Monday, February 10, 2020

Fowler v. City of Lafayette (Cal. Ct. App. - Feb. 10, 2020)

Sure, I've got a 5 bedroom, 6 bath place in Lafayette (in the Bay Area) on a couple of acres.  With a tennis court, of course.  But how can I entertain properly if I don't have a "tennis cabana" next to the thing?  A thousand-plus square foot cabana, to be precise.

But my stinking neighbors don't want it.  So they oppose my zoning application with the City, which gets some traction.  So I have my attorney -- with the totally hip name David Bowie -- threaten the City repeatedly with litigation if they deny my application.  And, in the end, the City caves, and goes ahead and approves the project on a 4-1 vote.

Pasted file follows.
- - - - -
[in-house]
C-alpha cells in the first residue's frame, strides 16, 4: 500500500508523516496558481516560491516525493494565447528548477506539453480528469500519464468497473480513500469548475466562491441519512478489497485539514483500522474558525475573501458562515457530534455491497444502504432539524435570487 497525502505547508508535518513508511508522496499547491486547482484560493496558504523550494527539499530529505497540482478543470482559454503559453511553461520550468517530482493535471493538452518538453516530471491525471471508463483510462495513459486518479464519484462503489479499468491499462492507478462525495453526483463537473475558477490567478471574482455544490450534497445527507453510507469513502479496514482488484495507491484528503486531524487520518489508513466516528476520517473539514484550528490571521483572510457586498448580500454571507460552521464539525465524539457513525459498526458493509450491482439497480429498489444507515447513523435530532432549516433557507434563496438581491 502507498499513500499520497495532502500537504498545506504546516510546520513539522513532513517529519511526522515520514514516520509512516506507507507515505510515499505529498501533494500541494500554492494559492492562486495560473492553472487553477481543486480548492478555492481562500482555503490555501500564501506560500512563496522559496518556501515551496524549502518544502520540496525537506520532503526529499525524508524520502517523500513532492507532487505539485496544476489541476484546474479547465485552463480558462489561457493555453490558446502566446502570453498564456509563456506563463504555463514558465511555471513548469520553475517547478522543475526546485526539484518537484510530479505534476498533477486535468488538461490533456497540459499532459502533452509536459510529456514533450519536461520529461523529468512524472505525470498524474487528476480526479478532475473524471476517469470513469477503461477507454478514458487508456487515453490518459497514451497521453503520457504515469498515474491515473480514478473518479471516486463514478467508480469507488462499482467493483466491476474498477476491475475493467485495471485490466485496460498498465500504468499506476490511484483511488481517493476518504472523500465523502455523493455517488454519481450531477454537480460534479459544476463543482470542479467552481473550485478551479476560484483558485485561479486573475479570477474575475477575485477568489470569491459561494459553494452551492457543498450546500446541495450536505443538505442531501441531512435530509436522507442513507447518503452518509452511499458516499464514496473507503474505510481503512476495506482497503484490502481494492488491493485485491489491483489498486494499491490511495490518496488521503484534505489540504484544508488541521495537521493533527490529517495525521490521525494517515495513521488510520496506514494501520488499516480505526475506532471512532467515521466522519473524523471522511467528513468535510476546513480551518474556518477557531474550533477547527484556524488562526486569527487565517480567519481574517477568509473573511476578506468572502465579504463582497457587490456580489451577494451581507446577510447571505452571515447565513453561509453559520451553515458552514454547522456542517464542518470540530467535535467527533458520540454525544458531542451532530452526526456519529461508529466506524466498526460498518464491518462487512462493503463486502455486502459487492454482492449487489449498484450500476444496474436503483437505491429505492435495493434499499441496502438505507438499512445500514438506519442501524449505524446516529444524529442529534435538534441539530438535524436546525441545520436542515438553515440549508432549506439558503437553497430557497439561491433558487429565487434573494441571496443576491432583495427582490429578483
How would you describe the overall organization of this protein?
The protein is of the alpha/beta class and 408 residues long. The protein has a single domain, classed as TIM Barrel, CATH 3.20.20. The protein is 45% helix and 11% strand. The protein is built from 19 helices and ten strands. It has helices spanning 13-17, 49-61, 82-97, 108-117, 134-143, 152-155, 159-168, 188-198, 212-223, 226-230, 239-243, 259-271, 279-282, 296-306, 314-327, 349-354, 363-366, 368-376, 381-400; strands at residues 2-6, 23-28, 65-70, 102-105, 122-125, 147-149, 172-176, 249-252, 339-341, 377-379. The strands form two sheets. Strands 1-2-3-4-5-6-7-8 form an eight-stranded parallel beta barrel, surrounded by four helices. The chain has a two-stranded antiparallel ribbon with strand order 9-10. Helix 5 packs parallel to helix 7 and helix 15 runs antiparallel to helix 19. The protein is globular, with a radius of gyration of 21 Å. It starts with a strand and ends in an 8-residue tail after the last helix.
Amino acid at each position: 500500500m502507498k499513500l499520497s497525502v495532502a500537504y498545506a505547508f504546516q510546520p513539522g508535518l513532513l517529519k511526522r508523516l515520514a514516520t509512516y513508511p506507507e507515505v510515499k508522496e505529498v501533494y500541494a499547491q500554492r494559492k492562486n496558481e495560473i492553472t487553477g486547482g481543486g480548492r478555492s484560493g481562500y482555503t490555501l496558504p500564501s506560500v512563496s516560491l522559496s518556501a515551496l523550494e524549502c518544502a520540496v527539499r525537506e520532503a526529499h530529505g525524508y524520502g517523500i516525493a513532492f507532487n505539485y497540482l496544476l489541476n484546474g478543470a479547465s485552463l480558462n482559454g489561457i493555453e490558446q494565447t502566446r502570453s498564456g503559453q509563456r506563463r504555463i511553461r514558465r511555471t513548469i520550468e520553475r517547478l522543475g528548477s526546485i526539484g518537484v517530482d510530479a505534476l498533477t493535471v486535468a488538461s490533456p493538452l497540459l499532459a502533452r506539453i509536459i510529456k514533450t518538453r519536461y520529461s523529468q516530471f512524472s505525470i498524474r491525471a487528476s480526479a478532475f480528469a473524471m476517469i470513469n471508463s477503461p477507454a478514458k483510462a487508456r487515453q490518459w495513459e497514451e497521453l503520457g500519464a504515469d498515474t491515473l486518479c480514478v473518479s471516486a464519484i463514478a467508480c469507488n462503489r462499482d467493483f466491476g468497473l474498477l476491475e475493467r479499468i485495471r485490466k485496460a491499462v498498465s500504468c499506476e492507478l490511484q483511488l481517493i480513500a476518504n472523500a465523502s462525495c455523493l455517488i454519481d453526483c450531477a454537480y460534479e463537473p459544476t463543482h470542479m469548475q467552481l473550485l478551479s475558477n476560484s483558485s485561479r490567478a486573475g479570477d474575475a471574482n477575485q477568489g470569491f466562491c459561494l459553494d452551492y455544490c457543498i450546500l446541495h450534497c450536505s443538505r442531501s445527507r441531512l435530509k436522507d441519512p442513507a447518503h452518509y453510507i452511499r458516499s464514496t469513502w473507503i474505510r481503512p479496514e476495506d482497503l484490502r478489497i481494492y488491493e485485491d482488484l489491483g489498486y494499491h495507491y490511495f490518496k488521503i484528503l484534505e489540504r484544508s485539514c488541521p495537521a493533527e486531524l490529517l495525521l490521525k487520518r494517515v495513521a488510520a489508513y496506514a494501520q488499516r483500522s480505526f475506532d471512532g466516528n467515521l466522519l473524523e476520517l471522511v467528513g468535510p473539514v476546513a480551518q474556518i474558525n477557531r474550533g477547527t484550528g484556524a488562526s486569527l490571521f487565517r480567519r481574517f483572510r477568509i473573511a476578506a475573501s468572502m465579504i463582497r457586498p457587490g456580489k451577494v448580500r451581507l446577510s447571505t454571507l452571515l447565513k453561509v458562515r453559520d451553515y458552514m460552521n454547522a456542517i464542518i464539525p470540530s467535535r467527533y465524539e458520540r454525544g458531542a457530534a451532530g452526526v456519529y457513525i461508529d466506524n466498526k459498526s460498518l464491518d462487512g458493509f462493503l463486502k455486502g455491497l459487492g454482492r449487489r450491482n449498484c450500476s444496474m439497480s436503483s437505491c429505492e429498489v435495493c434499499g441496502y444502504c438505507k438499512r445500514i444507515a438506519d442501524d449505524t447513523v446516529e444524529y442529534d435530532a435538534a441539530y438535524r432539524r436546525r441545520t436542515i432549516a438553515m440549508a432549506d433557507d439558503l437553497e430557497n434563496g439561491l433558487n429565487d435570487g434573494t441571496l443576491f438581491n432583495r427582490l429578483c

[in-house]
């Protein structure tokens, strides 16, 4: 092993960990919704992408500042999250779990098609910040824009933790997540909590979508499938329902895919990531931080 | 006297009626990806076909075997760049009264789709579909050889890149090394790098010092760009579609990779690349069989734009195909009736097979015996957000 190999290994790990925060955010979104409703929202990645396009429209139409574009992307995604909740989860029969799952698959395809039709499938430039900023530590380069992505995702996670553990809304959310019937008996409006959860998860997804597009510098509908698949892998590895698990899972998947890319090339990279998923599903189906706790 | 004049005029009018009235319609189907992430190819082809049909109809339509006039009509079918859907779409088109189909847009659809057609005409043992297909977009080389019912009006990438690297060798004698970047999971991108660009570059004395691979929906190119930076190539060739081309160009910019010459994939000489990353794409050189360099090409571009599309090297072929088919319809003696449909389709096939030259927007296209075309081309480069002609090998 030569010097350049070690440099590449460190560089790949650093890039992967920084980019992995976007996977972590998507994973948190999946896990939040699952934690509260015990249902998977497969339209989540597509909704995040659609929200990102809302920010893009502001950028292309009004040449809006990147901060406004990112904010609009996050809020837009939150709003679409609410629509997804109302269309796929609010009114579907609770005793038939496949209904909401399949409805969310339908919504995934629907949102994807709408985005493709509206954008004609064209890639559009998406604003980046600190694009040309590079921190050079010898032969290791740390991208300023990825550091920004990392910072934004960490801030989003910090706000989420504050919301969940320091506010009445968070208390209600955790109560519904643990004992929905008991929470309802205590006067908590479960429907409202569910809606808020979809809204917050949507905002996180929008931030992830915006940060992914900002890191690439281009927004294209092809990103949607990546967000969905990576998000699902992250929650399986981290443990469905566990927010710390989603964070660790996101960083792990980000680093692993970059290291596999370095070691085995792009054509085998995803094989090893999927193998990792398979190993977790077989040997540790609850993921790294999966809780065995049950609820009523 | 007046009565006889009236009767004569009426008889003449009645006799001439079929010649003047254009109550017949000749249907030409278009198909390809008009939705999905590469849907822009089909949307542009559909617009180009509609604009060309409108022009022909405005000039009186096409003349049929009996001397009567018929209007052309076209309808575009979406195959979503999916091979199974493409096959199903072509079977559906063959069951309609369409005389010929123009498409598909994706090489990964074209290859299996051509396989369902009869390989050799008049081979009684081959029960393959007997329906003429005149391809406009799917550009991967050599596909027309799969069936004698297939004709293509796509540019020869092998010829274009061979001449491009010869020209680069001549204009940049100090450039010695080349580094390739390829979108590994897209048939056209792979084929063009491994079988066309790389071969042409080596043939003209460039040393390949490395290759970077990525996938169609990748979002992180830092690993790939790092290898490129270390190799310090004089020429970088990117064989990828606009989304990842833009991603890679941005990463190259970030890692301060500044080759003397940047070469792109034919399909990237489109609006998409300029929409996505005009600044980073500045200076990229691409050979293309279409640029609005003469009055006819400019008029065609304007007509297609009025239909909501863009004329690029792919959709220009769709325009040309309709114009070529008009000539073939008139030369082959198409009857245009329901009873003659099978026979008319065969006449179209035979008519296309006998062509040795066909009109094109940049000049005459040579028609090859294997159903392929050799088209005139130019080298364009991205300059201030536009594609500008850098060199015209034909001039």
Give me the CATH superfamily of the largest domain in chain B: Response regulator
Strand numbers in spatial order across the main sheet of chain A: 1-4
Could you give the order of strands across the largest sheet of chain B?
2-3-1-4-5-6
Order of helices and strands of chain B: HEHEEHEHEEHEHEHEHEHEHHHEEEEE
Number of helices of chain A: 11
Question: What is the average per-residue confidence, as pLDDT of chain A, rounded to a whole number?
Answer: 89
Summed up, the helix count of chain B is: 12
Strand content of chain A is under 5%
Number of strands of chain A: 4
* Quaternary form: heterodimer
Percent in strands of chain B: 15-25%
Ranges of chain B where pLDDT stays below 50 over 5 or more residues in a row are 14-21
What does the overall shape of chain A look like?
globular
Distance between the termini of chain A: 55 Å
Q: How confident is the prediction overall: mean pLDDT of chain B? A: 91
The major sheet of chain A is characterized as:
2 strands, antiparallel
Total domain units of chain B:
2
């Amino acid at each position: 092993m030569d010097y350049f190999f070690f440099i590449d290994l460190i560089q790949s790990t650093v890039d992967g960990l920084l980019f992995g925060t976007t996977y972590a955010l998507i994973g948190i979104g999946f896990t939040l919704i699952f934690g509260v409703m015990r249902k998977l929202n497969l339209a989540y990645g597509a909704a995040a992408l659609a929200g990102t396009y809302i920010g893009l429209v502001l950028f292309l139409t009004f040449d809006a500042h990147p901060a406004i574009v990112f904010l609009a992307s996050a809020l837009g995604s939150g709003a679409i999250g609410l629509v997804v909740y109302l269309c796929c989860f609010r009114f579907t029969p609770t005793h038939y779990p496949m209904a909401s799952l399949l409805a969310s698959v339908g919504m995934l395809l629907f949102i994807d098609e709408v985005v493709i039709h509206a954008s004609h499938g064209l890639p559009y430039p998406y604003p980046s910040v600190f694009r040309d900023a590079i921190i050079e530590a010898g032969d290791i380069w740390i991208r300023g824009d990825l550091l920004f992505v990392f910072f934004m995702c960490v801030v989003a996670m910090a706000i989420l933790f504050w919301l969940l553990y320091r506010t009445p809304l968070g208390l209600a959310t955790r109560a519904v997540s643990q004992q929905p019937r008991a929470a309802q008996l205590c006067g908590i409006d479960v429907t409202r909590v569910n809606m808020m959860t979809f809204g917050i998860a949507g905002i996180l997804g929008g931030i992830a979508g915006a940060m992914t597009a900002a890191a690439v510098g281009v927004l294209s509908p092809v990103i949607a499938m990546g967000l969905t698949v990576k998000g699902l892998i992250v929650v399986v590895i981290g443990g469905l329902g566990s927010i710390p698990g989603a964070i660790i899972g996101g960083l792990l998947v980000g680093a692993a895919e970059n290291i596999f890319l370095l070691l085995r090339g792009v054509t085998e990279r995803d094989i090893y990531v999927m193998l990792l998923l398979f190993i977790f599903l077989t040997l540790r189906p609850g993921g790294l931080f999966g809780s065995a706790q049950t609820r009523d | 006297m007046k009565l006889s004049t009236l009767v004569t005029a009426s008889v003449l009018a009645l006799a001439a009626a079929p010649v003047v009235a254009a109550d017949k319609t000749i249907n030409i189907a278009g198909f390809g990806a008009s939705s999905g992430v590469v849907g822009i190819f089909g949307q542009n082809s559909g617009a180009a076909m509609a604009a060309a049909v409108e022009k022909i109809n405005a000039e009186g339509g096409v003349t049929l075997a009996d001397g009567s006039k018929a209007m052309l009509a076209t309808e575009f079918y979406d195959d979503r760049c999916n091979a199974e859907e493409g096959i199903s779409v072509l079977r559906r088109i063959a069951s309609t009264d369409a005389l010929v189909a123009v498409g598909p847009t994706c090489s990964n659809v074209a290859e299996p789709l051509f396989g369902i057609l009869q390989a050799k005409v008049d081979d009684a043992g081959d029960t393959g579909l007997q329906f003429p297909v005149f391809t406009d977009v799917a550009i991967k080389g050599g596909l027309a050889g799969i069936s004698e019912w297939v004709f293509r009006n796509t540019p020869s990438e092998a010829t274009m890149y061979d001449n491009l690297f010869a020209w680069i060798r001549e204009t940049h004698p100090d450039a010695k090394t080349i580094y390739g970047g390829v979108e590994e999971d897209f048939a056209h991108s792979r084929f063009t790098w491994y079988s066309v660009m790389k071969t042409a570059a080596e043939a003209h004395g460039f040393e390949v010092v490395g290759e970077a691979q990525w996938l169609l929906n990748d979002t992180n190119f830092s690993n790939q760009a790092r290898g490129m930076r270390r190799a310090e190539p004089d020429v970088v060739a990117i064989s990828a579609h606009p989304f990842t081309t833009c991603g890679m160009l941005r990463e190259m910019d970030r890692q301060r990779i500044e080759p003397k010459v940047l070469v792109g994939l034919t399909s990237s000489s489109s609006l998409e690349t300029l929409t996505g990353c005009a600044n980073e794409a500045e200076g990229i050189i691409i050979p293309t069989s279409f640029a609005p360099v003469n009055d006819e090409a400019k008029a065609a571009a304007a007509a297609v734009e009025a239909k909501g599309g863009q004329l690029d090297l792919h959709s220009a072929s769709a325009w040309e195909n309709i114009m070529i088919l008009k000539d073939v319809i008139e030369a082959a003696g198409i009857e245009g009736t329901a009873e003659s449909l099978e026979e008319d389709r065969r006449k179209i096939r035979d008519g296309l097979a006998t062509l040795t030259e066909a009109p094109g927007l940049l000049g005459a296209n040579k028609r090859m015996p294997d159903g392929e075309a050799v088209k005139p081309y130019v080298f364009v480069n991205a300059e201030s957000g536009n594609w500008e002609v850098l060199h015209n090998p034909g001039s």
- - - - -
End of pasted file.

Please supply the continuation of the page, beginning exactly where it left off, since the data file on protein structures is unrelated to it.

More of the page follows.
But my stinking neighbors don't relent.  They file a Brown Act claim that says that the City didn't reveal the litigation threat in the open meeting even though this was required.  Which the Court of Appeal ultimately agrees with.  But holds that there's no remedy since there's no concrete showing of prejudice; i.e., that the City would have done anything differently in an open meeting.  (Which is also probably true in virtually every other Brown Act case.)

Such is the life of Michael and Diane Archer.  (I won't mention what of which Bay Area company Mike Archer is the CEO.)

First world problems, for sure.

Anyway, fear not.  The tennis cabana is safe.